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‘Life of Kylie’ the rare ‘Kardashians’ spinoff to elicit sympathy

I was talking to Kim Kardashian about how everyone in her life had been on a reality show, a phenomenon I dubbed “One Degree of Kim Kardashian.”

This was a decade ago when “Keeping Up With the Kardashians” had just debuted, and 9-year-old Kylie Jenner was swinging around on the stripper pole in her parents’ bedroom.

Back then, Kim’s sister Kourtney had been on something called “Filthy Rich: Cattle Drive,” stepbrother Brody Jenner’s resume included “The Princes of Malibu” and “The Hills,” and her stepfather, Bruce Jenner, had appeared on “Skating With Celebrities” and “I’m a Celebrity, Get Me Out of Here!”

Since then, though, “I Am Cait” chronicled Bruce’s transition to Caitlin. Kim and her brother, Rob, competed on “Dancing With the Stars.” Rob co-starred on “Rob & Chyna.” Khloe co-starred on “Khloe & Lamar,” competed on “The Celebrity Apprentice,” co-hosted “The X Factor” and hosts “Kocktails With Khloe” and “Revenge Body With Khloe Kardashian.” Brody starred in the unfortunately titled series “Sex With Brody.” “Dash Dolls” followed the employees of the Kardashians’ boutique. Kendall Jenner was the centerpiece of that nutty Pepsi commercial that struck many as offensive. And the exploits of various combinations of Kardashians were chronicled in “Kourtney and Khloe Take Miami,” “Kourtney and Khloe Take the Hamptons” and “Kourtney and Kim Take New York.”

Now it’s youngest sibling Kylie’s turn to branch out with “Life of Kylie” (9 p.m. Sunday, E!).

On the surface, it’s every bit as vapid as the other “Keeping Up With the Kardashians” spinoffs.

“My passion has always been makeup. … It’s really my only passion,” Kylie says. “I don’t feel like I need makeup. A lot of the time I’m not wearing makeup, but, no, I need makeup.”

After her orange Lamborghini is the subject of several shots bordering on car porn, Kylie reveals, “We never take the Lambo. I feel so bad for it.” “Every day I try to force myself to take it,” she adds. “I just never drive it.”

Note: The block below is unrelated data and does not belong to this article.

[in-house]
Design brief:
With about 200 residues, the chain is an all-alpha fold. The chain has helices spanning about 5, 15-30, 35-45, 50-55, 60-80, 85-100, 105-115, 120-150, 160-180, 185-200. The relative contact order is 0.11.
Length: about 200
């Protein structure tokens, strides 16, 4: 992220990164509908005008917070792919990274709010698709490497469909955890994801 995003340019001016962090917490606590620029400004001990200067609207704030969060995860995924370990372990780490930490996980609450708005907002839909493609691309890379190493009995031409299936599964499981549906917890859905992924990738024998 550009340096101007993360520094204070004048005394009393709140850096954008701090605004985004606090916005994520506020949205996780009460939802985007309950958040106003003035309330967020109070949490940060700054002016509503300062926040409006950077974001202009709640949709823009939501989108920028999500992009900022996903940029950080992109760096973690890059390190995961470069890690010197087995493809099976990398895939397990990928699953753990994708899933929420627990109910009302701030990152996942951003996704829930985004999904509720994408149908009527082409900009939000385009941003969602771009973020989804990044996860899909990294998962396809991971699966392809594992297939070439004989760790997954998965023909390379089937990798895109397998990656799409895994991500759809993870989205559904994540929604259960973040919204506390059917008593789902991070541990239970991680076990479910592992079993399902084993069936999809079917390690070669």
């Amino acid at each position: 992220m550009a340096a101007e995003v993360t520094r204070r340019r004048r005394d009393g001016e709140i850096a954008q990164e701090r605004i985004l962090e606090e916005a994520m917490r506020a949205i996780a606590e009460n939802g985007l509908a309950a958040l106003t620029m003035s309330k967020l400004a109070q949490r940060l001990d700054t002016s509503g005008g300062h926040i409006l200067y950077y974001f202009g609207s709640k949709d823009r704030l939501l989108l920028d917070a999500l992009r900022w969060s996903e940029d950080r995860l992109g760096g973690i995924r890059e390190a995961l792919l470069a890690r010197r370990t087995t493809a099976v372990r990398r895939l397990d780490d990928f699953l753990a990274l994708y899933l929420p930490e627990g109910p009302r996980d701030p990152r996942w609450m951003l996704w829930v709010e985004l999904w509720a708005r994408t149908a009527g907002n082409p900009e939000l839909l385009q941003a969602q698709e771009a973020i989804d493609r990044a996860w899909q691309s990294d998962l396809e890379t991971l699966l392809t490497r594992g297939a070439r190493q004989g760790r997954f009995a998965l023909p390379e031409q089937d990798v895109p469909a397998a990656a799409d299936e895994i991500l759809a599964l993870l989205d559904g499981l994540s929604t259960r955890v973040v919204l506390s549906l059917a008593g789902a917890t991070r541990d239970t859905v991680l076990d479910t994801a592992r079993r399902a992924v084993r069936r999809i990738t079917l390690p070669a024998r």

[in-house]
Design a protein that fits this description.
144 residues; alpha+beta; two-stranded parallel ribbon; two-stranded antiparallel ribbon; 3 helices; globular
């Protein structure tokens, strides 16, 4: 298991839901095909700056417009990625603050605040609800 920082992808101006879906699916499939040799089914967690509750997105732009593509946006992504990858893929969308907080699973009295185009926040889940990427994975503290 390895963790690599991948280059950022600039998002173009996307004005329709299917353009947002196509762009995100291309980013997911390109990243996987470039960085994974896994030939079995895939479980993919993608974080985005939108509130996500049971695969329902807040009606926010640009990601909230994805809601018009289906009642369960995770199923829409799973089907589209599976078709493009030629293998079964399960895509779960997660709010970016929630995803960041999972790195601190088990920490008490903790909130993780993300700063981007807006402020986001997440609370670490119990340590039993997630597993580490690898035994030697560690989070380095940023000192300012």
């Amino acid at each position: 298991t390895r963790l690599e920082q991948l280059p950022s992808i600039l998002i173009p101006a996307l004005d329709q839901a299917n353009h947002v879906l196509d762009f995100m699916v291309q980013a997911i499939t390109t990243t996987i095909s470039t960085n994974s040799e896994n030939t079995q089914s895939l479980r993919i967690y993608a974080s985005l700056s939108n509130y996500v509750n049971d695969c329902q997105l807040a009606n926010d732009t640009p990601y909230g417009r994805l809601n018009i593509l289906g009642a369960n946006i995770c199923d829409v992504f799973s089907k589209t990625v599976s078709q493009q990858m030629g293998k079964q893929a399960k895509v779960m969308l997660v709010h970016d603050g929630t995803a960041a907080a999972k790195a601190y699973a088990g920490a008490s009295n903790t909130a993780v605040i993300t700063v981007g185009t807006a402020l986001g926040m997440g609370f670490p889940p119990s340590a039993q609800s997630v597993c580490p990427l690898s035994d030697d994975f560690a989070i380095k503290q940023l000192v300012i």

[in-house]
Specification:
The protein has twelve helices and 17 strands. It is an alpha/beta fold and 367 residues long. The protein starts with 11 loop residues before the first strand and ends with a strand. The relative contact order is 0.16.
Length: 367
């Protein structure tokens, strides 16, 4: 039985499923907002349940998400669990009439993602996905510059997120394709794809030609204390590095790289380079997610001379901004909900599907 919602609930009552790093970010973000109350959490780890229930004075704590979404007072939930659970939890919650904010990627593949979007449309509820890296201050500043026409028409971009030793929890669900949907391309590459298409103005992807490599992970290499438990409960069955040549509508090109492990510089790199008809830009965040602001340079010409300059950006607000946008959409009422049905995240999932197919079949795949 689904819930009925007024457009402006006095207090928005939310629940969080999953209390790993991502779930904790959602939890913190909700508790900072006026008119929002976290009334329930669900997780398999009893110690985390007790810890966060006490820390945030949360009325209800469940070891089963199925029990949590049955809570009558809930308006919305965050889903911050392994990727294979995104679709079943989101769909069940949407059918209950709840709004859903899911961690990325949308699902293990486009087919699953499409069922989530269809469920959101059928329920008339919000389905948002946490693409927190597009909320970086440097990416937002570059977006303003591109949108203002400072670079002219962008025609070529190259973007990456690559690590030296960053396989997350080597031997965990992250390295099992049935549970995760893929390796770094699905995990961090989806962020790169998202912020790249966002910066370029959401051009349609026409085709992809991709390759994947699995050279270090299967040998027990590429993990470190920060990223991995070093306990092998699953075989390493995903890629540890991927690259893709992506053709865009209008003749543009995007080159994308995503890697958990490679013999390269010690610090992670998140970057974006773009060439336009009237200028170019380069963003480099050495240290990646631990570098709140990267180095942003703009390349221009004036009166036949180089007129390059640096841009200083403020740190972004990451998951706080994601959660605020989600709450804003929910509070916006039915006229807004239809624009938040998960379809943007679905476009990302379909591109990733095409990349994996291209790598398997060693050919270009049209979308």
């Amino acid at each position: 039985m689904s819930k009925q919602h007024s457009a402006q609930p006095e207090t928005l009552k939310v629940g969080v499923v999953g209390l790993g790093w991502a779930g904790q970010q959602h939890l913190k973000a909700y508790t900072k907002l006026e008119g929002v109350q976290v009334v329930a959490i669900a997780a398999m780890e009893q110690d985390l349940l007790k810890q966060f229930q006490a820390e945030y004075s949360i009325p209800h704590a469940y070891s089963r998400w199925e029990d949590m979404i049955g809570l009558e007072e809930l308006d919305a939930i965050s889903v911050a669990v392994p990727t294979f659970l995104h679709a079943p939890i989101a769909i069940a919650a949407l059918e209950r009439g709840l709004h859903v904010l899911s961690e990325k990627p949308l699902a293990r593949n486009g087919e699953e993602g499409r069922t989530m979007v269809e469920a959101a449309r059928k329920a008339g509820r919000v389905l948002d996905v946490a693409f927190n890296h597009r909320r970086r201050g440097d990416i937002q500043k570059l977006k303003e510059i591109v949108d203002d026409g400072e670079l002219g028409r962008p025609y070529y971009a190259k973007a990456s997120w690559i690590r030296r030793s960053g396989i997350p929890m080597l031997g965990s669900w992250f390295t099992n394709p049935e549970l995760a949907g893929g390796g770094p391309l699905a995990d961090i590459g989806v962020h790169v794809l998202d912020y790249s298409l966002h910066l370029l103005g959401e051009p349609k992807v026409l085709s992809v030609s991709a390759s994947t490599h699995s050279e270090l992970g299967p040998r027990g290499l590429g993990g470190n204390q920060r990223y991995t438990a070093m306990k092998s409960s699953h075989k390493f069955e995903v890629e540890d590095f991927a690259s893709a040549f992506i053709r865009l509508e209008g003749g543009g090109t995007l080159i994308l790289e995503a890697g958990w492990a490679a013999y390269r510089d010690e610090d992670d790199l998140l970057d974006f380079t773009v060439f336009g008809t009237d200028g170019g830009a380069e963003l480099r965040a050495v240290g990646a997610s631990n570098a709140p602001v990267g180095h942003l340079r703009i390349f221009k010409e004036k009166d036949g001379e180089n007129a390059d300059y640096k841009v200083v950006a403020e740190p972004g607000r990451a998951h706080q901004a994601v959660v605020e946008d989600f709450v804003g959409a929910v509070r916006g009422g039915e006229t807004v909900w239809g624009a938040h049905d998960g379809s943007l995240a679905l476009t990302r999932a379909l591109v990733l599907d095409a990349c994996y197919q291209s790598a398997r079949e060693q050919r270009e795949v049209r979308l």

Let that sink in for a moment. Every day she tries to force herself to drive a Lamborghini. And she fails.

But just when my eyes were about to roll right out of my head, down the hall and into the relative safety of the bathroom, the unthinkable happened. I began to sympathize with a member of the Kardashian-Jenner clan not named Caitlin.

“I for sure didn’t choose this life,” Kylie says. “But I am not gonna say I’m totally innocent, because I am keeping up this lifestyle.”

She’s right. Her mother, Kris, put her on TV as a 9-year-old and has kept her there ever since. “I really don’t know what it’s like to not have everyone know who I am,” Kylie laments.

“What do you say to people who think you have a perfect life?” an off-camera interviewer asks. “Laugh. In their face,” Kylie responds. “Nobody has a perfect life. The only different thing about me, or out of the ordinary really, is probably just that I have nice things. But what you realize when you get there, when I know I can buy any car, any house, that happiness lasts two seconds.”

This is getting uncomfortable.

“There’s an image that I feel constantly pressured to keep up with. In order to, like, stay relevant for the public, I have to be on Instagram and I have to be on Snapchat, just keeping people entertained,” she says.

And Instagramming isn’t as simple as it may sound. “Posting a selfie is hard, because it’s a lot of, just, pressure,” 19-year-old Kylie says. “It has to be perfect.”

“Life of Kylie” doesn’t just show the downside of growing up in the public eye. Kylie surprises a fan in Sacramento by being his prom date. It’s a sweet segment that feels ripped from a dozen teen movies, only with more shrieking and Snapchatting.

“This is like a therapy session,” she tells the interviewer in the beginning. “I like it though. I should go to therapy! Write it down, because I would love to go to my first therapy session. Yes. I wanna go to therapy!”

Later in the two-part episode, she does. And because Kris Jenner serves as an executive producer, that therapy session is conducted on camera.

Seriously.

At one point, Kylie gets to experience the simple joy of walking on the beach at night with her friend. There’s not a paparazzo in sight.

“I’m getting the bug again where I just wanna run away,” she says. “I just don’t know who I’m doing it for.”

Run, Kylie, run! As far and as fast as you can.

■ A killer (Harry Treadaway) taunts a retired detective (Brendan Gleeson) into hunting him in “Mr. Mercedes” (8 p.m. Wednesday, DirecTV), adapted by David E. Kelley from a story by Stephen King.

TV to watch

■ For those of you without access to Amazon Prime, the Emmy darling “Transparent” (10 p.m. Wednesday, SundanceTV) begins its cable run.

■ Not wanting to lose the momentum following one of its highest-rated seasons in decades, “Saturday Night Live” is debuting “Weekend Update: Summer Edition” (9 p.m. Thursday, NBC).

■ Say goodbye to the Clone Club as Sarah (Tatiana Maslany) and her sestras assemble for the last time in the series finale of “Orphan Black” (7 p.m. Saturday, BBC America).

Contact Christopher Lawrence at clawrence@reviewjournal.com or 702-380-4567. Follow @life_onthecouch on Twitter.

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